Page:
7 Things About the AT’s Past That Might Surprise You
1) The AT was originally planned to connect a massive network of quasi-socialist utopian communities.
Created in 1921 by a former Forest Service employee named Benton MacKaye, the original proposal for an Appalachian Trail outlined a very different AT than exists today. The footpath that MacKaye envisioned was to be a connecting thread for an elaborate system of self-sustained woodland communities. MacKaye described plans for small-scale agriculture, forestry camps, shelters, inns, study centers, and cooperative commonwealths with permanent residencies, all to be a part of a broader “Appalachian Domain” that would provide an alternative to America’s industrial, profit-driven society.
MacKaye’s Domain never quite came to be, of course. While MacKaye provided the trail’s inspiration, a lawyer and outdoorsman named Myron Avery was chosen to lead the actual construction of the trail from 1930 through its completion in 1937. Consequently, the trail produced was much more a reflection of Avery’s unwaveringly pragmatic nature rather than of his contemporary’s idealism. Primitive shelters and the trail itself were the only physical remnants of MacKaye’s original vision to survive.
2) The AT was never intended to be thru-hiked.
Nowhere in MacKaye’s vision for the Appalachian Trail did hiking the whole thing, let alone completing it in a single trek, make any appearance. Even Avery, who had already section-hiked the trail’s entirety during the course of its construction, didn’t think that an uninterrupted completion in a single year was possible. The Appalachian Trailway News actually published an article explaining why a thru-hike was allegedly impossible at the same time that, unbeknownst to the rest of the country, the first ever AT thru-hike was in the process of being completed. It’s little surprise, then, that…
3) When Earl Shaffer completed the first ever AT thru-hike, nobody believed him.
Many are familiar with Earl Shaffer’s first-ever AT thru-hike in 1948, a landmark journey now revered in Appalachian Trail history. When Shaffer first announced his feat, however, the Appalachian Trail Conference assumed he was a fraud. Shaffer’s claim was put through a “charming but thorough cross-examination,” as he described it, before it was finally recognized.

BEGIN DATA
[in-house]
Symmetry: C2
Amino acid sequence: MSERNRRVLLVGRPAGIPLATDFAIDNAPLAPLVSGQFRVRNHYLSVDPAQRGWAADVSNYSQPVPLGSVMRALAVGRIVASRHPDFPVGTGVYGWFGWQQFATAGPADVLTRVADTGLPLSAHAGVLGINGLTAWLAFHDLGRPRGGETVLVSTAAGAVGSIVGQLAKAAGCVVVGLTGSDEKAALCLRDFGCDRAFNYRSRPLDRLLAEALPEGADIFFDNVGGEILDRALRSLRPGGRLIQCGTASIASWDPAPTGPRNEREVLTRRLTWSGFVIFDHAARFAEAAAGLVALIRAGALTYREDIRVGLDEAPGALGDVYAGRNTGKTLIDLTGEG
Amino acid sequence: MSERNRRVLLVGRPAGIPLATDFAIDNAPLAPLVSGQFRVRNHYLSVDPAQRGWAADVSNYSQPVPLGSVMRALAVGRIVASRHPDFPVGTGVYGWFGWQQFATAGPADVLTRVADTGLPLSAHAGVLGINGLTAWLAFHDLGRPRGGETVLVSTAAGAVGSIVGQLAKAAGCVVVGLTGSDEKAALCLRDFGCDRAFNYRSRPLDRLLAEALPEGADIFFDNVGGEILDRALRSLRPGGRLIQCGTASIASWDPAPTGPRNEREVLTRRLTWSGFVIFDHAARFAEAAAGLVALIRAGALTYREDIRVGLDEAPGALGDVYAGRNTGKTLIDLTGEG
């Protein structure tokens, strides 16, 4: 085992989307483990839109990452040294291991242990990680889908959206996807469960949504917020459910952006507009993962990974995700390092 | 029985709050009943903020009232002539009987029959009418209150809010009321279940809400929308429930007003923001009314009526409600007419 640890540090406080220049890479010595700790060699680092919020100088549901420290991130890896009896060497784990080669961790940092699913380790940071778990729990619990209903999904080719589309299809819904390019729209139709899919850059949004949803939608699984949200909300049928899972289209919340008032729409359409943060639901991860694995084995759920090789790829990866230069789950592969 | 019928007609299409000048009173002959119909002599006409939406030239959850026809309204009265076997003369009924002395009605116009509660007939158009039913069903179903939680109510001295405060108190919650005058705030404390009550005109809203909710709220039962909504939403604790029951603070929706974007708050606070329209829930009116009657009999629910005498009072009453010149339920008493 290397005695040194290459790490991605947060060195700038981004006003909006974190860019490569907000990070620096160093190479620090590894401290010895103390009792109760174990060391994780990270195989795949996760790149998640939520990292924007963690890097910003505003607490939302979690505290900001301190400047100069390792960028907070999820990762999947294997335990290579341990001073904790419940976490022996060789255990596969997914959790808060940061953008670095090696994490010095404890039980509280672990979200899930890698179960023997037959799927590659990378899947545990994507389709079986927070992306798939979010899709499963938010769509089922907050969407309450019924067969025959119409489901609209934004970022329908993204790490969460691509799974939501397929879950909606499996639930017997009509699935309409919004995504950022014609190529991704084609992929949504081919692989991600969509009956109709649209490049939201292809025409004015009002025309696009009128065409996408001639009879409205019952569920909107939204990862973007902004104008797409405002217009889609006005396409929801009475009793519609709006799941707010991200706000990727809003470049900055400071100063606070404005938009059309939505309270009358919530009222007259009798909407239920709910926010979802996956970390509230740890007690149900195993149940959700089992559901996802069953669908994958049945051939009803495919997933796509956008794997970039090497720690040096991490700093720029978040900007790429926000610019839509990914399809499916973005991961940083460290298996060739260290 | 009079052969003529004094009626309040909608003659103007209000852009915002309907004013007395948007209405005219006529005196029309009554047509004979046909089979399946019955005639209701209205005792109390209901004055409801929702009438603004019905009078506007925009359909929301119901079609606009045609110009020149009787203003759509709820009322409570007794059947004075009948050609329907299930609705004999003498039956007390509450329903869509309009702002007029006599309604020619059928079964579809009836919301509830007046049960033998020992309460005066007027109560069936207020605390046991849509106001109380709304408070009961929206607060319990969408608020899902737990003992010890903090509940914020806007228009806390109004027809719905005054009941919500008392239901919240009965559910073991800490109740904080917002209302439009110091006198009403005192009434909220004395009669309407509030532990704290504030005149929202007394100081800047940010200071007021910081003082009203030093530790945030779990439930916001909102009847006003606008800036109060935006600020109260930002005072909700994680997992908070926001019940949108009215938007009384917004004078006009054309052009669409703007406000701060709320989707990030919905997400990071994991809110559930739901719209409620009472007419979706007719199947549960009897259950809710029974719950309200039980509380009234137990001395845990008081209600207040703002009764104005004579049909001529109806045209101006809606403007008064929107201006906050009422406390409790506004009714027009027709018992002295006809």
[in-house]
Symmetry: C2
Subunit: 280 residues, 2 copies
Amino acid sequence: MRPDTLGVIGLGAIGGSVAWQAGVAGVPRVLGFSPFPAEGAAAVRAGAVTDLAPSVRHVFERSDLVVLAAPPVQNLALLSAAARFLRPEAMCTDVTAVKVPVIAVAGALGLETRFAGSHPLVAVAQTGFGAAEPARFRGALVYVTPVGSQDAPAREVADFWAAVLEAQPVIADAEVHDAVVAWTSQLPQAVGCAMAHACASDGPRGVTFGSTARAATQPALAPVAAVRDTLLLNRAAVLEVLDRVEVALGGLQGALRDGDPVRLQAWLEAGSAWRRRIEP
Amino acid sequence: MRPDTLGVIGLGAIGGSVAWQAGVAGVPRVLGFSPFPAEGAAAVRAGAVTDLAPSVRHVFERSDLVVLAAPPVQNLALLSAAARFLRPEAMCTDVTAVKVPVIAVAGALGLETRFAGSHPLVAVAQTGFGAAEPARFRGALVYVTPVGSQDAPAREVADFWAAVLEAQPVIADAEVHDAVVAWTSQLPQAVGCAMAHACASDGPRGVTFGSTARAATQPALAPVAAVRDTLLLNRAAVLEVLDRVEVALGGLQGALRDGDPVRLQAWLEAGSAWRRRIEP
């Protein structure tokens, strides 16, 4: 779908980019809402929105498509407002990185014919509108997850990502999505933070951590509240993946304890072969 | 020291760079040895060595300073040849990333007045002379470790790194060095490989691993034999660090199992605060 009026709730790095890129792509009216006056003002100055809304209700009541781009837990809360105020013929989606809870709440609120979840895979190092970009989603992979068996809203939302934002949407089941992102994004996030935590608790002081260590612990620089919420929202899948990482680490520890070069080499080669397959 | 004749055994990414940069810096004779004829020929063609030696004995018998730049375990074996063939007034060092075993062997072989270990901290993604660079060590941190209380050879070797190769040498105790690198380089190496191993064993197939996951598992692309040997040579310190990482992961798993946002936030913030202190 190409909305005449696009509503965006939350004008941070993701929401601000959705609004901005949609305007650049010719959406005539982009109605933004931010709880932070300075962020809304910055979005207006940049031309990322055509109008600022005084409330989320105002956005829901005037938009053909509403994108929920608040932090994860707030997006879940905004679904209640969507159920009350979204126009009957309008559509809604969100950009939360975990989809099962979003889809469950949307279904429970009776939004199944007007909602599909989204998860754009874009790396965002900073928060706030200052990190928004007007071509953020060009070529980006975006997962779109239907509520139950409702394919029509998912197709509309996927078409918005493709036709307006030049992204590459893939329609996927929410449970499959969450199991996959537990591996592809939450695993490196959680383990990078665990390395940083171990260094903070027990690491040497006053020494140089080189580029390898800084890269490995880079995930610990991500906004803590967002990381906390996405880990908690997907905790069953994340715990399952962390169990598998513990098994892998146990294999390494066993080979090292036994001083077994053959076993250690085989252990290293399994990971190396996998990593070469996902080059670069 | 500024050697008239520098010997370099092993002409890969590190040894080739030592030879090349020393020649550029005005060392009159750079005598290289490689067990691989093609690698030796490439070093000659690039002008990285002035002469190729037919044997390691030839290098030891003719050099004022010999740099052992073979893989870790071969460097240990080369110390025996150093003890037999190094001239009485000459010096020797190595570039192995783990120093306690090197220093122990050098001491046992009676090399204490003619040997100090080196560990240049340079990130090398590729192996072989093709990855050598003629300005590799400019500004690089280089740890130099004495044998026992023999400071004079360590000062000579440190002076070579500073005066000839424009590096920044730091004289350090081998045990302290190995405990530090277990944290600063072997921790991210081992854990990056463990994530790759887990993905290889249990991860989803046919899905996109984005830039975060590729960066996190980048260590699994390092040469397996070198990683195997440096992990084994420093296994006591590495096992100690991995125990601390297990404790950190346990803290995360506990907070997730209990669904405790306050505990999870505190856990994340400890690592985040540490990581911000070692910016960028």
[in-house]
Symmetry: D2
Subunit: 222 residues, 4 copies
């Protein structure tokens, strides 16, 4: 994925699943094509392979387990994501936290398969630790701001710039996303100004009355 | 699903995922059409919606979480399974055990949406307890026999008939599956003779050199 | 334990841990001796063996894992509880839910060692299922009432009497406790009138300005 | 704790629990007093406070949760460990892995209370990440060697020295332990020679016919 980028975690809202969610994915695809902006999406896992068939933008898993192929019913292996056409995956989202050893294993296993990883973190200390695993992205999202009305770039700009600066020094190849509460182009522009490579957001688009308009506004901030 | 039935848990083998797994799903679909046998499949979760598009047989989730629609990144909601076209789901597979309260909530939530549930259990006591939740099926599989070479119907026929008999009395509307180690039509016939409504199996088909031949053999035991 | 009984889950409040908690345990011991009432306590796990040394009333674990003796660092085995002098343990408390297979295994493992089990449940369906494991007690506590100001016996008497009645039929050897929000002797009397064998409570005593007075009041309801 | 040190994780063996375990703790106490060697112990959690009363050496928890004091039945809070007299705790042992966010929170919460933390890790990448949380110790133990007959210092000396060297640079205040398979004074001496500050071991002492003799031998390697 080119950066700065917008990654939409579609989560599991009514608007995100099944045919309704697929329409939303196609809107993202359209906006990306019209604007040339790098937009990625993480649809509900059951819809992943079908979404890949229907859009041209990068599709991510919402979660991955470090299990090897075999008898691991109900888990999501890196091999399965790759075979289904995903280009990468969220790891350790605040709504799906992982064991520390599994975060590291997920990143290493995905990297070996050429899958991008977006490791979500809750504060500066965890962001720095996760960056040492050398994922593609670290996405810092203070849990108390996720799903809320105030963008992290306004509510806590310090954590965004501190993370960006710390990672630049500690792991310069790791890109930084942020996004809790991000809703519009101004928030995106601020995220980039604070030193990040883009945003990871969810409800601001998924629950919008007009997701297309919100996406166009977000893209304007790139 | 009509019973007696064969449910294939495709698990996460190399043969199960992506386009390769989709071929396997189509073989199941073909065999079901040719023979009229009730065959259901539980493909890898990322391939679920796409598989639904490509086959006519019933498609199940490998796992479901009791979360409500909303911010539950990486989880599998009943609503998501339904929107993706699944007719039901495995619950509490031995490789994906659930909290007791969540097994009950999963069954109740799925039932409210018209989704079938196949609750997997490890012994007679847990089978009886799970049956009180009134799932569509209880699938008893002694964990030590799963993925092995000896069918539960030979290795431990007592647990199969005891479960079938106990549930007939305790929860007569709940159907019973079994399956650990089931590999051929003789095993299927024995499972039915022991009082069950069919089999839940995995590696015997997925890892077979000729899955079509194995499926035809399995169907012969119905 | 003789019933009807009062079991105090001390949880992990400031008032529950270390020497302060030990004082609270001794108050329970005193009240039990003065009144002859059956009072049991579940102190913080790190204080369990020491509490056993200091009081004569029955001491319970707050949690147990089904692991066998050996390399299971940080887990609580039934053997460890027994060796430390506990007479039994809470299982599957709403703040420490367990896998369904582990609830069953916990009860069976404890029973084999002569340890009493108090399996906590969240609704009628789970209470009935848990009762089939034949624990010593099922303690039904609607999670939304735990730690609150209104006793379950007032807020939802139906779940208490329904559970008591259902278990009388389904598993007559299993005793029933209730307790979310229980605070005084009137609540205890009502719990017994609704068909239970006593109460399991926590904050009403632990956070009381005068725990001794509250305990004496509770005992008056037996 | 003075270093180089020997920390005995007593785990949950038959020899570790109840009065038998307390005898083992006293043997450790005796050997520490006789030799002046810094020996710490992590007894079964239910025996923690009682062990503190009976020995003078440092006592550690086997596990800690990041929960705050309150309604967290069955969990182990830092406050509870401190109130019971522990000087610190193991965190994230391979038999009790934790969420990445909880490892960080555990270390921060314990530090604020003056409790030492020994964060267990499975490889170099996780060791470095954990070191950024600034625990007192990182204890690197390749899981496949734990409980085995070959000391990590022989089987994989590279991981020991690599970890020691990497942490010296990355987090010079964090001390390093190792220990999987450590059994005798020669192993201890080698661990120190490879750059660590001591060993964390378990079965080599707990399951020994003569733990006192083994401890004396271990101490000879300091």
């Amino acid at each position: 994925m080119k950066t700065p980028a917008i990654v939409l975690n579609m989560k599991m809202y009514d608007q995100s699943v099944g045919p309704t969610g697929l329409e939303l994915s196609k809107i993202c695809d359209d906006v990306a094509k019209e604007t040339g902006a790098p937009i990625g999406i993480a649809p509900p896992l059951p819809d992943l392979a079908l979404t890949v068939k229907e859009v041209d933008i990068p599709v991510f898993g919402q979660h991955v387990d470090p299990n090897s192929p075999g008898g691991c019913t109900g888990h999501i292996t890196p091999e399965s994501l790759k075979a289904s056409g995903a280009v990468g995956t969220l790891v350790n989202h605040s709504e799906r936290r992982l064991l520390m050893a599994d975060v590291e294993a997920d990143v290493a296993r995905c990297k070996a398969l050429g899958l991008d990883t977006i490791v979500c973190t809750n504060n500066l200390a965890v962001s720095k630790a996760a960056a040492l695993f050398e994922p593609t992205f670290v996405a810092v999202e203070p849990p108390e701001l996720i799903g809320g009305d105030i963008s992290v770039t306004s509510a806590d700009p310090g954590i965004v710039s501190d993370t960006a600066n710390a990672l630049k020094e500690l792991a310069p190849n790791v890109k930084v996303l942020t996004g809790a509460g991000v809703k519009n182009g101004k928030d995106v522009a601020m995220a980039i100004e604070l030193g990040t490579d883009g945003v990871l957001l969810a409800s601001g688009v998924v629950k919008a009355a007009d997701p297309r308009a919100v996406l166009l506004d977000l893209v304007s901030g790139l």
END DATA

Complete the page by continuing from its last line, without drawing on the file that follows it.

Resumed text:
On an added note, Shaffer’s record setting (and total bad-assery) didn’t actually stop there. A second thru-hike in 1965 made him the first person to complete the trail in both directions. And in 1998, 50 years after his original thru-hike, Shaffer completed the AT once again to make himself the oldest person at that time to finish a thru-hike – at just shy of 80 years old.
4) Due to prolonged rerouting, the AT follows a totally different path today than it did when it was first cut.
At one point or another, nearly the entire Appalachian Trail has been relocated or rebuilt, piece-by-piece, since its completion in 1937. This has been done in an effort to have the trail pass through less private land, improve its quality, and more thoroughly surround it by wilderness. The Appalachian Trail Conservancy estimates that only about one percent of the original footpath is still part of the modern-day AT.
5) Nobody has ever known the exact length of the AT.
It’s commonly agreed that the AT is between 2,100 and 2,200 miles long, but consensus on a more specific number has historically been surprisingly hard to reach. A large part of this is due to the aforementioned rerouting; the trail’s exact route still changes almost annually, and as a result it is rarely the exact same length from year to year. Even so, the trail’s precise length has often been a matter of debate throughout the years. For example, a 1993 measurement based on U.S. Geological Survey maps determined the trail to be 2,189.3 miles long, but during the same year three people rolled a measuring wheel along the entire trail and found its length to be 2,160.2 miles long – a difference of almost 30 miles.
6) The AT’s southern terminus wasn’t always Springer Mountain.
For the AT’s first 20 years of existence, Mt. Oglethorpe of Georgia’s Blue Ridge Mountains marked the trail’s official southern terminus. Springer Mountain, about 15 miles away, would have remained obsolete it weren’t for smelly chicken coops alongside the trail on Oglethorpe, vandalism on Oglethorpe’s summit, and other developments in the area. These factors convinced trail officials to relocate the terminus to Springer Mountain, which, although somewhat unremarkable, fit the bill for an undeveloped, nearby peak. In 1958, the switch was made.
7) The AT was originally planned to be only 1,200 miles long.
Despite outlining a much more ambitious vision for an Appalachian Trail than what actually came to be, Benton MacKaye originally proposed a trail of only 1,200 miles. The planned footpath was to stretch between North Carolina’s Mt. Mitchell, the highest point in the Southeast, and New Hampshire’s Mt. Washington, the highest point in the Northeast.
All of the additional 1,000 miles of trail that exist today had already been added by the time the trail was completed in 1937. About 330 of these were tacked on to bring the trail’s northern terminus to Maine’s Mt. Katahdin, an addition based on Myron Avery’s personal affinity for hiking in Maine. The rest of the additions came about on the trail’s southern end, where Mt. Oglethorpe replaced Mt. Mitchell as the trail’s southern terminus. At no point in the AT’s physical existence has the path actually gone anywhere near Mt. Mitchell.
Lead photo from gsmca.org, courtesy of Carlos C. Campbell Collection
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